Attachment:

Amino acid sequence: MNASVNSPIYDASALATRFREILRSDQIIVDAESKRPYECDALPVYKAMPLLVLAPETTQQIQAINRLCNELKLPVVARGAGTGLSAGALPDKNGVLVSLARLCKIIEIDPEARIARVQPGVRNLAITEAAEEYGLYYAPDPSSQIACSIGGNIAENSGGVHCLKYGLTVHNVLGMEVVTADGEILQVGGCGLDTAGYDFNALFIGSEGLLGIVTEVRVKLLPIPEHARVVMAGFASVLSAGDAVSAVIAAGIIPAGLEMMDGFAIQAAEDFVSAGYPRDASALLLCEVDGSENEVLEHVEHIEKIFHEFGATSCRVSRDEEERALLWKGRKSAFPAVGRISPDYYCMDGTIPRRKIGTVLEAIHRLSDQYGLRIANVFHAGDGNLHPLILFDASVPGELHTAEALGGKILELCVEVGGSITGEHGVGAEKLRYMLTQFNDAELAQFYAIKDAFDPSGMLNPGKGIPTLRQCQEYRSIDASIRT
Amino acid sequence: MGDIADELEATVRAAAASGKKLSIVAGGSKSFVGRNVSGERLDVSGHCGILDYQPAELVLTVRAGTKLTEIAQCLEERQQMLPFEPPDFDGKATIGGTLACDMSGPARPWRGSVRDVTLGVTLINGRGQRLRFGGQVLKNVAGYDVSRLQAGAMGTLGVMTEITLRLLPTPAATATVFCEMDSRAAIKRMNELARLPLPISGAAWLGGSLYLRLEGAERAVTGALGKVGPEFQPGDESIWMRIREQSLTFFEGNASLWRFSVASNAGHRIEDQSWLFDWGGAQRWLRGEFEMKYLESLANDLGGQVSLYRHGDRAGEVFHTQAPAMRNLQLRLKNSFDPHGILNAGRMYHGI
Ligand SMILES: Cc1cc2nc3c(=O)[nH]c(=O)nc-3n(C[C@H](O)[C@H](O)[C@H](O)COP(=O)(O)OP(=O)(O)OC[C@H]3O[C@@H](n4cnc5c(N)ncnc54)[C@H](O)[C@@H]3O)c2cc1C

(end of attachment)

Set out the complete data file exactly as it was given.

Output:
Amino acid sequence: MNASVNSPIYDASALATRFREILRSDQIIVDAESKRPYECDALPVYKAMPLLVLAPETTQQIQAINRLCNELKLPVVARGAGTGLSAGALPDKNGVLVSLARLCKIIEIDPEARIARVQPGVRNLAITEAAEEYGLYYAPDPSSQIACSIGGNIAENSGGVHCLKYGLTVHNVLGMEVVTADGEILQVGGCGLDTAGYDFNALFIGSEGLLGIVTEVRVKLLPIPEHARVVMAGFASVLSAGDAVSAVIAAGIIPAGLEMMDGFAIQAAEDFVSAGYPRDASALLLCEVDGSENEVLEHVEHIEKIFHEFGATSCRVSRDEEERALLWKGRKSAFPAVGRISPDYYCMDGTIPRRKIGTVLEAIHRLSDQYGLRIANVFHAGDGNLHPLILFDASVPGELHTAEALGGKILELCVEVGGSITGEHGVGAEKLRYMLTQFNDAELAQFYAIKDAFDPSGMLNPGKGIPTLRQCQEYRSIDASIRT
Amino acid sequence: MGDIADELEATVRAAAASGKKLSIVAGGSKSFVGRNVSGERLDVSGHCGILDYQPAELVLTVRAGTKLTEIAQCLEERQQMLPFEPPDFDGKATIGGTLACDMSGPARPWRGSVRDVTLGVTLINGRGQRLRFGGQVLKNVAGYDVSRLQAGAMGTLGVMTEITLRLLPTPAATATVFCEMDSRAAIKRMNELARLPLPISGAAWLGGSLYLRLEGAERAVTGALGKVGPEFQPGDESIWMRIREQSLTFFEGNASLWRFSVASNAGHRIEDQSWLFDWGGAQRWLRGEFEMKYLESLANDLGGQVSLYRHGDRAGEVFHTQAPAMRNLQLRLKNSFDPHGILNAGRMYHGI
Ligand SMILES: Cc1cc2nc3c(=O)[nH]c(=O)nc-3n(C[C@H](O)[C@H](O)[C@H](O)COP(=O)(O)OP(=O)(O)OC[C@H]3O[C@@H](n4cnc5c(N)ncnc54)[C@H](O)[C@@H]3O)c2cc1C